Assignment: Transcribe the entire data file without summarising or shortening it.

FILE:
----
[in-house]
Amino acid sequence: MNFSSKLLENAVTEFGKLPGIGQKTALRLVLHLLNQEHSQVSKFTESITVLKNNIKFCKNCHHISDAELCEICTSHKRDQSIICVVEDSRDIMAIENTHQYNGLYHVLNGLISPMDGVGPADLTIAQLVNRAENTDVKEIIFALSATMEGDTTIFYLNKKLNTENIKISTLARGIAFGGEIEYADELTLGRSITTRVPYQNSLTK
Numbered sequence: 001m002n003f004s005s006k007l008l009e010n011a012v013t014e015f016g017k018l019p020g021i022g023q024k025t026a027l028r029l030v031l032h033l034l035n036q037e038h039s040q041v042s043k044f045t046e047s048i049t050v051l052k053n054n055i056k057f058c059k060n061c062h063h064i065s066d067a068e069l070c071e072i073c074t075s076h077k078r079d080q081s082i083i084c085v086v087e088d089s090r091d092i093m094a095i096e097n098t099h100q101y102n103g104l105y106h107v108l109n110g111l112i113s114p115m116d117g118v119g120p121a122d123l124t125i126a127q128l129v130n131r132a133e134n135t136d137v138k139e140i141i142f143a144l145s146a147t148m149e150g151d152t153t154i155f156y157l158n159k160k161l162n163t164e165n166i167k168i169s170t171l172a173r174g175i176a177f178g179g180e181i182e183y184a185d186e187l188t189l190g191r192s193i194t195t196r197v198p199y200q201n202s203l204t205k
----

[in-house]
Amino acid sequence: MNFSSKLLENAVTEFGKLPGIGQKTALRLVLHLLNQEHSQVSKFTESITVLKNNIKFCKNCHHISDAELCEICTSHKRDQSIICVVEDSRDIMAIENTHQYNGLYHVLNGLISPMDGVGPADLTIAQLVNRAENTDVKEIIFALSATMEGDTTIFYLNKKLNTENIKISTLARGIAFGGEIEYADELTLGRSITTRVPYQNSLTK
Numbered sequence: 001m002n003f004s005s006k007l008l009e010n011a012v013t014e015f016g017k018l019p020g021i022g023q024k025t026a027l028r029l030v031l032h033l034l035n036q037e038h039s040q041v042s043k044f045t046e047s048i049t050v051l052k053n054n055i056k057f058c059k060n061c062h063h064i065s066d067a068e069l070c071e072i073c074t075s076h077k078r079d080q081s082i083i084c085v086v087e088d089s090r091d092i093m094a095i096e097n098t099h100q101y102n103g104l105y106h107v108l109n110g111l112i113s114p115m116d117g118v119g120p121a122d123l124t125i126a127q128l129v130n131r132a133e134n135t136d137v138k139e140i141i142f143a144l145s146a147t148m149e150g151d152t153t154i155f156y157l158n159k160k161l162n163t164e165n166i167k168i169s170t171l172a173r174g175i176a177f178g179g180e181i182e183y184a185d186e187l188t189l190g191r192s193i194t195t196r197v198p199y200q201n202s203l204t205k